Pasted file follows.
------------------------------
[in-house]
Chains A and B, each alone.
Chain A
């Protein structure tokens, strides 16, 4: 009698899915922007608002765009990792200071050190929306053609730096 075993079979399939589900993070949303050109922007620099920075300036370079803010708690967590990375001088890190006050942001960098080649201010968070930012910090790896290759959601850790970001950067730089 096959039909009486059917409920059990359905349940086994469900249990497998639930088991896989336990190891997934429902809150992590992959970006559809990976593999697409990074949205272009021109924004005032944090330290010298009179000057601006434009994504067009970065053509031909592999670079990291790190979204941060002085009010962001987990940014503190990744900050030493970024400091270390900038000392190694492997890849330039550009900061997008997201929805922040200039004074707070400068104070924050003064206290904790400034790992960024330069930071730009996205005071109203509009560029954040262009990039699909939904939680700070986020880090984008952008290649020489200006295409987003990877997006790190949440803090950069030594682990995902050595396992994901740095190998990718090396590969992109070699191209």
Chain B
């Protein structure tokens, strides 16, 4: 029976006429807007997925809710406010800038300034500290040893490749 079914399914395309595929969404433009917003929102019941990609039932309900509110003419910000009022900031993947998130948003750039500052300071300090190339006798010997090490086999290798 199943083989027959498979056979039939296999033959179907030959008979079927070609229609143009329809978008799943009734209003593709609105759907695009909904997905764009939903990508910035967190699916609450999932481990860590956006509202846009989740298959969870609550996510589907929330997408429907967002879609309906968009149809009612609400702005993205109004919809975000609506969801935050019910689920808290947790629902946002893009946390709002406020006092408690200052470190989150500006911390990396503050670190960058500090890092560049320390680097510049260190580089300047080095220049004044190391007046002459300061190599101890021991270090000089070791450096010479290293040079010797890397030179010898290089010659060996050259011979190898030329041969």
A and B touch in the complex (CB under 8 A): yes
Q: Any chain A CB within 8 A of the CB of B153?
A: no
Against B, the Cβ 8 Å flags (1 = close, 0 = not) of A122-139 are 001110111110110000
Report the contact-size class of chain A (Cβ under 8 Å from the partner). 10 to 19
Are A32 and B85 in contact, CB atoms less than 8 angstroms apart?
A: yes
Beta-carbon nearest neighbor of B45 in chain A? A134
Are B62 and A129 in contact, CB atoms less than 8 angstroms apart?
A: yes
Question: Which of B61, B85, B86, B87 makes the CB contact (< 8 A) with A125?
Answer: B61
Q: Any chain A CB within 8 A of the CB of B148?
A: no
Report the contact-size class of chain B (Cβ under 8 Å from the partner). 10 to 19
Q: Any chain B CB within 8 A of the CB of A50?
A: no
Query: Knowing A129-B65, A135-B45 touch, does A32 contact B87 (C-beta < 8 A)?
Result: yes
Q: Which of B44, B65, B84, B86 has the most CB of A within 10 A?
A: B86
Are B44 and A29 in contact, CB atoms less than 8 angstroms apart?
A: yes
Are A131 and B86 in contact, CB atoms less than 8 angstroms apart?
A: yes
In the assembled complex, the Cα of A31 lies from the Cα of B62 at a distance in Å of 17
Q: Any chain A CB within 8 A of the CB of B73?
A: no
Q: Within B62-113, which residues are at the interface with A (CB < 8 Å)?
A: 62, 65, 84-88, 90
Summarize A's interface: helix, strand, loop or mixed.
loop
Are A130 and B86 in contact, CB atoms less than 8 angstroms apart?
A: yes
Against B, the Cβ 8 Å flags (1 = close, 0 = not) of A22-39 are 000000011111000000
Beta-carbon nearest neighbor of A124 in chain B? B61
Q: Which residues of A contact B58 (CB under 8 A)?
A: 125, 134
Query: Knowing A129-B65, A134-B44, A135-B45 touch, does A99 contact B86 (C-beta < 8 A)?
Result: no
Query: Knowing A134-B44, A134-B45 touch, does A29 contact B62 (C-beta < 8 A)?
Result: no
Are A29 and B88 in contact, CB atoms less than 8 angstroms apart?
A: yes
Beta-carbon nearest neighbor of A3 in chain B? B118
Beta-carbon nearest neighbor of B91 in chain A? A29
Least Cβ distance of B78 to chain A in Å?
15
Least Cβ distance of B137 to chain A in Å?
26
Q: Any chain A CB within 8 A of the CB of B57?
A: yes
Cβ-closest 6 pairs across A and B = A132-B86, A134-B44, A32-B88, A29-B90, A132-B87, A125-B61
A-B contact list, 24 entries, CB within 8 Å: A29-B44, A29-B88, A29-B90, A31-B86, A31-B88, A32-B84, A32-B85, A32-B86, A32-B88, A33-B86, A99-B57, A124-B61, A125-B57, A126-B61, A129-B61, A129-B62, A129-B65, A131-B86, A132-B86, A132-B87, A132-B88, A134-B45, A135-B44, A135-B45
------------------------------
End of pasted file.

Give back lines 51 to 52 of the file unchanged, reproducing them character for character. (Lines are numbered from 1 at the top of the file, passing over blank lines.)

Beta-carbon nearest neighbor of A3 in chain B? B118
Beta-carbon nearest neighbor of B91 in chain A? A29